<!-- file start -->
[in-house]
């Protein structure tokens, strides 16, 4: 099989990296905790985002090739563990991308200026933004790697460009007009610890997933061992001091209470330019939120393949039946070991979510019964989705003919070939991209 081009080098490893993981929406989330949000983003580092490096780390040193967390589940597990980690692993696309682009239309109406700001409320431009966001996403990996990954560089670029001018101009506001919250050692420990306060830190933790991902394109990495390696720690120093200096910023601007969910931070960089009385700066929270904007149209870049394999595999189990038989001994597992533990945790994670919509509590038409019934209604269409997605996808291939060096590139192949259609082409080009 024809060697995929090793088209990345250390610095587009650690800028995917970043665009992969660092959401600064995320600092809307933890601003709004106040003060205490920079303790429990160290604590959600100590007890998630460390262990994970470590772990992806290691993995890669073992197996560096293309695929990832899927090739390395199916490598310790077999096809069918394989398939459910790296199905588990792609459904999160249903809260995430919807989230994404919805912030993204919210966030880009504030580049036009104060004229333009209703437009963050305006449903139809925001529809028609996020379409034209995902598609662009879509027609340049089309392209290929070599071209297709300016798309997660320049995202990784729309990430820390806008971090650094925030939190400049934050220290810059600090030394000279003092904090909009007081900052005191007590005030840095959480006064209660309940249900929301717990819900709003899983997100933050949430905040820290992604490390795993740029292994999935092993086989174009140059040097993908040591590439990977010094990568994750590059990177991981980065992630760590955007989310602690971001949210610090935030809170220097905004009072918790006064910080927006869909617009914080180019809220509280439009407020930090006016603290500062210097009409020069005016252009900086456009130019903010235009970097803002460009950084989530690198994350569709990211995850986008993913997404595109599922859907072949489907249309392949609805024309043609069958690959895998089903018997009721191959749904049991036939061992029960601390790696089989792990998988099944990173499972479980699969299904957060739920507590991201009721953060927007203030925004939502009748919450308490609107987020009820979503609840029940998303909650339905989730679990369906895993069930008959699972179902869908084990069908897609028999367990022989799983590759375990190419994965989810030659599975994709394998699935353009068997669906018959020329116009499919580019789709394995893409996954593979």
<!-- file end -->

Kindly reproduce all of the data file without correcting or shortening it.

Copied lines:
[in-house]
């Protein structure tokens, strides 16, 4: 099989990296905790985002090739563990991308200026933004790697460009007009610890997933061992001091209470330019939120393949039946070991979510019964989705003919070939991209 081009080098490893993981929406989330949000983003580092490096780390040193967390589940597990980690692993696309682009239309109406700001409320431009966001996403990996990954560089670029001018101009506001919250050692420990306060830190933790991902394109990495390696720690120093200096910023601007969910931070960089009385700066929270904007149209870049394999595999189990038989001994597992533990945790994670919509509590038409019934209604269409997605996808291939060096590139192949259609082409080009 024809060697995929090793088209990345250390610095587009650690800028995917970043665009992969660092959401600064995320600092809307933890601003709004106040003060205490920079303790429990160290604590959600100590007890998630460390262990994970470590772990992806290691993995890669073992197996560096293309695929990832899927090739390395199916490598310790077999096809069918394989398939459910790296199905588990792609459904999160249903809260995430919807989230994404919805912030993204919210966030880009504030580049036009104060004229333009209703437009963050305006449903139809925001529809028609996020379409034209995902598609662009879509027609340049089309392209290929070599071209297709300016798309997660320049995202990784729309990430820390806008971090650094925030939190400049934050220290810059600090030394000279003092904090909009007081900052005191007590005030840095959480006064209660309940249900929301717990819900709003899983997100933050949430905040820290992604490390795993740029292994999935092993086989174009140059040097993908040591590439990977010094990568994750590059990177991981980065992630760590955007989310602690971001949210610090935030809170220097905004009072918790006064910080927006869909617009914080180019809220509280439009407020930090006016603290500062210097009409020069005016252009900086456009130019903010235009970097803002460009950084989530690198994350569709990211995850986008993913997404595109599922859907072949489907249309392949609805024309043609069958690959895998089903018997009721191959749904049991036939061992029960601390790696089989792990998988099944990173499972479980699969299904957060739920507590991201009721953060927007203030925004939502009748919450308490609107987020009820979503609840029940998303909650339905989730679990369906895993069930008959699972179902869908084990069908897609028999367990022989799983590759375990190419994965989810030659599975994709394998699935353009068997669906018959020329116009499919580019789709394995893409996954593979």